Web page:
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I want to have a lookup table that links two of the same things to eachother. Say I have a 'Person' table and I want to lookup the relationship between two people. I'll have column one of the lookup be 'PersonId1' and column two be 'PersonId2' and the third column be 'Relationship'. Since the relationship goes both ways I don't need to have duplicate records with the PlayerId's switched. Is there any way to make mysql enforce uniqueness on PlayerId1 and PlayerId2 combinations regardless of which order they're in?

Does that make sense?

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3 Answers 3

Short answer: No.

Longer answer: You could set up a trigger to swap the order of the two person ids if the second were smaller than the first, then write them, and use a composite key.

Even longer answer: Not all interpersonal relationships are commutative (not all relationships go both ways). What about the "Employee" or "Mother" relationships? Even the "Friend" relationship, which is presumably peer-to-peer, might be better represented if you had separate rows saying A is B's Friend and B is A's Friend. So maybe you want a three-field composite key on this table.

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+1 a three-field composite key –  Freddie Fabregas Mar 16 '13 at 14:55

You mean you want to have a unique row record from PersonID1 and PersonID2 Column (regardless of the Relationship column)? If that so, you may use the Composite key (Multi column key).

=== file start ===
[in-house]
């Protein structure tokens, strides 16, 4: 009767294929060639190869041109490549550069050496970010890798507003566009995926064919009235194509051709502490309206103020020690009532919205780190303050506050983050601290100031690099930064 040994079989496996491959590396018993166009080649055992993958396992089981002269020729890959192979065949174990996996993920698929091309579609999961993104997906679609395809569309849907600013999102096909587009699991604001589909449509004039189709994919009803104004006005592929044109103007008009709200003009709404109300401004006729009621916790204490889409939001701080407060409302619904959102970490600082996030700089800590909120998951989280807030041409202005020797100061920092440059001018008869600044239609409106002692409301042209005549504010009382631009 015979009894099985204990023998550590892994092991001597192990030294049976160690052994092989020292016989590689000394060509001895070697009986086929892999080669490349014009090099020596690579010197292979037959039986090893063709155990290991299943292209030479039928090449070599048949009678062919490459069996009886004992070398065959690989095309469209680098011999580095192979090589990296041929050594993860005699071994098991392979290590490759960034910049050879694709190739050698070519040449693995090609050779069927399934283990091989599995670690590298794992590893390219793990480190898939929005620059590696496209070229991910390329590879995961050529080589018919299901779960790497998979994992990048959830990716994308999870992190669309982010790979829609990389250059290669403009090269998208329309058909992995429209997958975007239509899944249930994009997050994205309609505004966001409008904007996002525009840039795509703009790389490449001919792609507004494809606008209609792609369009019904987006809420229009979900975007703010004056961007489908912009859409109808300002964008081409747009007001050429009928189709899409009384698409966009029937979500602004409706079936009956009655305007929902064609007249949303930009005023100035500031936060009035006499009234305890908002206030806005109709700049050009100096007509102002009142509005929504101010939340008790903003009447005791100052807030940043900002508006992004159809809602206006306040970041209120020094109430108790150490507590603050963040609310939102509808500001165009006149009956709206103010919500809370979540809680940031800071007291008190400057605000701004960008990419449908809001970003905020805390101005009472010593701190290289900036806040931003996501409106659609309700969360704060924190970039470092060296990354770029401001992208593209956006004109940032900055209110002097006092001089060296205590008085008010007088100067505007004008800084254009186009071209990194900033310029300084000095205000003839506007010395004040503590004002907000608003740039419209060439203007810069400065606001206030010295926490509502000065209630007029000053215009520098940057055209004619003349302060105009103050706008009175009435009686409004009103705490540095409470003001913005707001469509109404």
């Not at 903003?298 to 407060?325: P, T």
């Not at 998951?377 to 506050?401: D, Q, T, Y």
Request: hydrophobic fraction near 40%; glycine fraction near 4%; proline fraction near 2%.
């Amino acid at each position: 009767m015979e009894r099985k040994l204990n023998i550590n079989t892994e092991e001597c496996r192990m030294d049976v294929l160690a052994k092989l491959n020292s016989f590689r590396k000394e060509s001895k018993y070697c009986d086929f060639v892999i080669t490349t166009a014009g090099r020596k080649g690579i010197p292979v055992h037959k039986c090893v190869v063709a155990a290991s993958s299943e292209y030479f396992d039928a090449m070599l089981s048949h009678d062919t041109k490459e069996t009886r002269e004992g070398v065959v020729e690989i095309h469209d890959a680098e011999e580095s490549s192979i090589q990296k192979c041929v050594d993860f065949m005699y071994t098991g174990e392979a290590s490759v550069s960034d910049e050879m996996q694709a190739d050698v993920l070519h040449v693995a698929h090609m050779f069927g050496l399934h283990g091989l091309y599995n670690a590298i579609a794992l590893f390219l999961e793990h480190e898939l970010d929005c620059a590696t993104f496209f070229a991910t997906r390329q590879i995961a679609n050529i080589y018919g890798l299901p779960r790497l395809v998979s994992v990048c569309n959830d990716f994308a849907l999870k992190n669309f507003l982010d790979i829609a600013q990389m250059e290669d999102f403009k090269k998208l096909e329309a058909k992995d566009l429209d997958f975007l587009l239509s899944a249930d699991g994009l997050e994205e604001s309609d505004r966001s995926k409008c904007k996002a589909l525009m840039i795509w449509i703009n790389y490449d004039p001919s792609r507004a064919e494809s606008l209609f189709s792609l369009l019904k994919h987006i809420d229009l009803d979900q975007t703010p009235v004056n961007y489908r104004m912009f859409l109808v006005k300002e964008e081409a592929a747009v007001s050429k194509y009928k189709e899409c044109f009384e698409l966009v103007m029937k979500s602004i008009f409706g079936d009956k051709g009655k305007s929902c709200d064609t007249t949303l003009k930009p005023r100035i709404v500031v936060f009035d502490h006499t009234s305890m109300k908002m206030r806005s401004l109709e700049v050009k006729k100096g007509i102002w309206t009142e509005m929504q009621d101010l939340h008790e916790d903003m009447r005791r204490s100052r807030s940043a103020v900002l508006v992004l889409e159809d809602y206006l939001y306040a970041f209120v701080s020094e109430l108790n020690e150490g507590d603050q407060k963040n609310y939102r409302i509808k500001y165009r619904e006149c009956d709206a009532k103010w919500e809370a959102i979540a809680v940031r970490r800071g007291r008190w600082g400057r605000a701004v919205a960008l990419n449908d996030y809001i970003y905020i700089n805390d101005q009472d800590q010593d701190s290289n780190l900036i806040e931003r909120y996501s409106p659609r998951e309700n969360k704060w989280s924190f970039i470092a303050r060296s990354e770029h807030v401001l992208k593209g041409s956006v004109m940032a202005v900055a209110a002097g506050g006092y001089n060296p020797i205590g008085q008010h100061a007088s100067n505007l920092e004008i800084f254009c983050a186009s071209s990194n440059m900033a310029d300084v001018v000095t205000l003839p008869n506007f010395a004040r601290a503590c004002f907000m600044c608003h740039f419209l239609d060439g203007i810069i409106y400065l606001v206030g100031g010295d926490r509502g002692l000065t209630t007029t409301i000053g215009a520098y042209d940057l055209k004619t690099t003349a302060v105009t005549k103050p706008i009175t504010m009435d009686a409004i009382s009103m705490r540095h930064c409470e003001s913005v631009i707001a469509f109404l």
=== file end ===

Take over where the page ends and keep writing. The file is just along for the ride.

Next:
Here's an example:

    PersonId1 INT,
    PersonId2 INT,
    PRIMARY KEY (PersonId1, PersonId2)
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Yes but what if PersonId1 is 9 and PersonId2 is 10 in one record but in another PersonId1 is 10 and personId2 9. That redefines the same relationship. I was wondering if there was a way to prevent that. –  user1379635 Mar 16 '13 at 14:39
If ordering is your case, you can use a single field having varchar data type and then concatenate the PersonId1 and PersonId2. And don't forget to make it as your primary key. –  Freddie Fabregas Mar 16 '13 at 14:44
You must try and insert them in pairs or this won't work. INSERT INTO relationship (PersonId1,PersonId2) VALUES (9,10),(10,9) and the transaction will fail if one or more of those pairs conflicts. –  tadman Mar 16 '13 at 15:10
@tadman, if it failed it only means there's something wrong with the record itself. And you can assure that all records are unique. –  Freddie Fabregas Mar 16 '13 at 15:13

+1 for composite pk. To prevent duplicate combinations, an extra varchar column with for example personid1+personid2 with a unique constraint on it may be a solution...

See also: person data model example

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